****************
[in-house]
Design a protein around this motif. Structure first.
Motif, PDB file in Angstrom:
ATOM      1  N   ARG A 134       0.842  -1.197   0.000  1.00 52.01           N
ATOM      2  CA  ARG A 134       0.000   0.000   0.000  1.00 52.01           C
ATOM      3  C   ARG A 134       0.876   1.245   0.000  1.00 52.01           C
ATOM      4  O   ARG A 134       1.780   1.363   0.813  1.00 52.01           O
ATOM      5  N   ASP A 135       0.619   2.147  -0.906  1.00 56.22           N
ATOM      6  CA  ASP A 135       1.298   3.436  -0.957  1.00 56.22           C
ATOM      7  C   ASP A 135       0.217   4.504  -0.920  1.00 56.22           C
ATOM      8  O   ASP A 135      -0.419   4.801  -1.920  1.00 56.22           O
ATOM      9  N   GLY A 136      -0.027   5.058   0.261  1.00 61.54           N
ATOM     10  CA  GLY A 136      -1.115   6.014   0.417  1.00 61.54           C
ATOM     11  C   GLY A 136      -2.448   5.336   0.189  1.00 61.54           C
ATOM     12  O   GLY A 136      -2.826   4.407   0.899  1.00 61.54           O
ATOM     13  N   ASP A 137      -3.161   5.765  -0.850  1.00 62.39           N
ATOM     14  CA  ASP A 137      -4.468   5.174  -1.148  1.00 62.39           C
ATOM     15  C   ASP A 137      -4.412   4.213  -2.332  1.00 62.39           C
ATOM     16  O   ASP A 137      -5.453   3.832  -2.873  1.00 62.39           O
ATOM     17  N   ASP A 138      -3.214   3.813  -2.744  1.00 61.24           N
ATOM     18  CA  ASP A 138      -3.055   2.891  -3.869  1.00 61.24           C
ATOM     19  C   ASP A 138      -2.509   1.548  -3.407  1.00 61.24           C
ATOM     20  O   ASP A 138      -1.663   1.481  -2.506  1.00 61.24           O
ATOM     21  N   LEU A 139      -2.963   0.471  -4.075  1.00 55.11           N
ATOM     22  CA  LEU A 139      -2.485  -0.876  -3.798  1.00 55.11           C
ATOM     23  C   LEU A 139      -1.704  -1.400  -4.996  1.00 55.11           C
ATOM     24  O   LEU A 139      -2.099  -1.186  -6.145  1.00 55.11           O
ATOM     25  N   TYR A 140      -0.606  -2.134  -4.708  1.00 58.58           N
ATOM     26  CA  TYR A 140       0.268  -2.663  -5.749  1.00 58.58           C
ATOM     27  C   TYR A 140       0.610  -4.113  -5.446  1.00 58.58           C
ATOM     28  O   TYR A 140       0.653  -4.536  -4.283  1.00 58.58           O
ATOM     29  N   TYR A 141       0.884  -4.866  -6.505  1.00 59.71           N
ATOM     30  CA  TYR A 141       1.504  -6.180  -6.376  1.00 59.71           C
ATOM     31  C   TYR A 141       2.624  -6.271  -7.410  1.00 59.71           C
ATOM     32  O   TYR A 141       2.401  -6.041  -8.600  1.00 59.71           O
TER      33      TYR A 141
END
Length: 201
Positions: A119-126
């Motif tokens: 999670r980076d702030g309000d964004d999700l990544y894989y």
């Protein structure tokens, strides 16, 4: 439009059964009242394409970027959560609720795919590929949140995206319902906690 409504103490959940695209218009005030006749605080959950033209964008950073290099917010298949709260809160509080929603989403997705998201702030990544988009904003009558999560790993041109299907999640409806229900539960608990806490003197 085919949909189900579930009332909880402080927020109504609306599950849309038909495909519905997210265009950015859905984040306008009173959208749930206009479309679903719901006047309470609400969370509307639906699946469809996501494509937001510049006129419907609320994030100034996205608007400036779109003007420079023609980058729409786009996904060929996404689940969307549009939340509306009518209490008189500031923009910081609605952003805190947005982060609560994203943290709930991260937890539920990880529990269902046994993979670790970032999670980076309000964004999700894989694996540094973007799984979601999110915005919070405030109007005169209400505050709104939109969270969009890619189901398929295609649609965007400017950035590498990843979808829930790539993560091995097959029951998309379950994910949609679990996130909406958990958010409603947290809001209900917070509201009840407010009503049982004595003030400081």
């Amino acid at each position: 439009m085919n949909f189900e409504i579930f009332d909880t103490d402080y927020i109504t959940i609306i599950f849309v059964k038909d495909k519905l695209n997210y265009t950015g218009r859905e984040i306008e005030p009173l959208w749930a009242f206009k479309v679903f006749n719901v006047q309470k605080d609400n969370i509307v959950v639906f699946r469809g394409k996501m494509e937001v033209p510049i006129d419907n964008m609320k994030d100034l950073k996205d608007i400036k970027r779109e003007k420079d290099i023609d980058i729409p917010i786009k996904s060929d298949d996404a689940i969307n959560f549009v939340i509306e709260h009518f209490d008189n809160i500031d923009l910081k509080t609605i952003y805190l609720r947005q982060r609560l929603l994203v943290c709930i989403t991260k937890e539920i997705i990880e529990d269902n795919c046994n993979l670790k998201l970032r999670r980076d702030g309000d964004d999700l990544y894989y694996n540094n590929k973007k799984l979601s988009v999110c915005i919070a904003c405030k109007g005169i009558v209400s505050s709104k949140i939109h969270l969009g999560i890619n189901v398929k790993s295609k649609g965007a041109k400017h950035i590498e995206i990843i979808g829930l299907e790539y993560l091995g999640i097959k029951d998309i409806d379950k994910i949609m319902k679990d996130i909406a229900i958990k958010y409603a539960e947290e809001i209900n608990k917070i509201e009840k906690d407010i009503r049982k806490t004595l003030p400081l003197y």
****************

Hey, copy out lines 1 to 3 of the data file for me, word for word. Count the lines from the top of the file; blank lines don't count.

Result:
[in-house]
Design a protein around this motif. Structure first.
Motif, PDB file in Angstrom: